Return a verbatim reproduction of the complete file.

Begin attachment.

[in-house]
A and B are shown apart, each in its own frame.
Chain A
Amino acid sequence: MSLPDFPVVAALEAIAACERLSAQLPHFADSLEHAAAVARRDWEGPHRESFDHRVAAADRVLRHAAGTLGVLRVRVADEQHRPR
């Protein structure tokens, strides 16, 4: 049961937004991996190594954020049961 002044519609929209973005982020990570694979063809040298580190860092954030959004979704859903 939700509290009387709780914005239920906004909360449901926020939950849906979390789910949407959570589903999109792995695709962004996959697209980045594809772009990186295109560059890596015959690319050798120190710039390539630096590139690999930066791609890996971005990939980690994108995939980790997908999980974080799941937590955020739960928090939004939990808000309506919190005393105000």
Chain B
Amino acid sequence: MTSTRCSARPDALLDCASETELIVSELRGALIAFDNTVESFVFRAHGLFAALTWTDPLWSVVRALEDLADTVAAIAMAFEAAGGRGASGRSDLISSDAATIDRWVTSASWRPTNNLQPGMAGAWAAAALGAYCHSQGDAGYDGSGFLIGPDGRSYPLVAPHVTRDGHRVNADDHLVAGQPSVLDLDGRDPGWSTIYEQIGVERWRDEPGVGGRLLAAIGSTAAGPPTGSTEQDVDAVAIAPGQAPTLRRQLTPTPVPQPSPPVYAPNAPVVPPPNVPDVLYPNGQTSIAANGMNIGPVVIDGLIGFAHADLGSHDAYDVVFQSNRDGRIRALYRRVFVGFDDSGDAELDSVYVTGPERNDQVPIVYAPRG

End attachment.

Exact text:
[in-house]
A and B are shown apart, each in its own frame.
Chain A
Amino acid sequence: MSLPDFPVVAALEAIAACERLSAQLPHFADSLEHAAAVARRDWEGPHRESFDHRVAAADRVLRHAAGTLGVLRVRVADEQHRPR
């Protein structure tokens, strides 16, 4: 049961937004991996190594954020049961 002044519609929209973005982020990570694979063809040298580190860092954030959004979704859903 939700509290009387709780914005239920906004909360449901926020939950849906979390789910949407959570589903999109792995695709962004996959697209980045594809772009990186295109560059890596015959690319050798120190710039390539630096590139690999930066791609890996971005990939980690994108995939980790997908999980974080799941937590955020739960928090939004939990808000309506919190005393105000």
Chain B
Amino acid sequence: MTSTRCSARPDALLDCASETELIVSELRGALIAFDNTVESFVFRAHGLFAALTWTDPLWSVVRALEDLADTVAAIAMAFEAAGGRGASGRSDLISSDAATIDRWVTSASWRPTNNLQPGMAGAWAAAALGAYCHSQGDAGYDGSGFLIGPDGRSYPLVAPHVTRDGHRVNADDHLVAGQPSVLDLDGRDPGWSTIYEQIGVERWRDEPGVGGRLLAAIGSTAAGPPTGSTEQDVDAVAIAPGQAPTLRRQLTPTPVPQPSPPVYAPNAPVVPPPNVPDVLYPNGQTSIAANGMNIGPVVIDGLIGFAHADLGSHDAYDVVFQSNRDGRIRALYRRVFVGFDDSGDAELDSVYVTGPERNDQVPIVYAPRG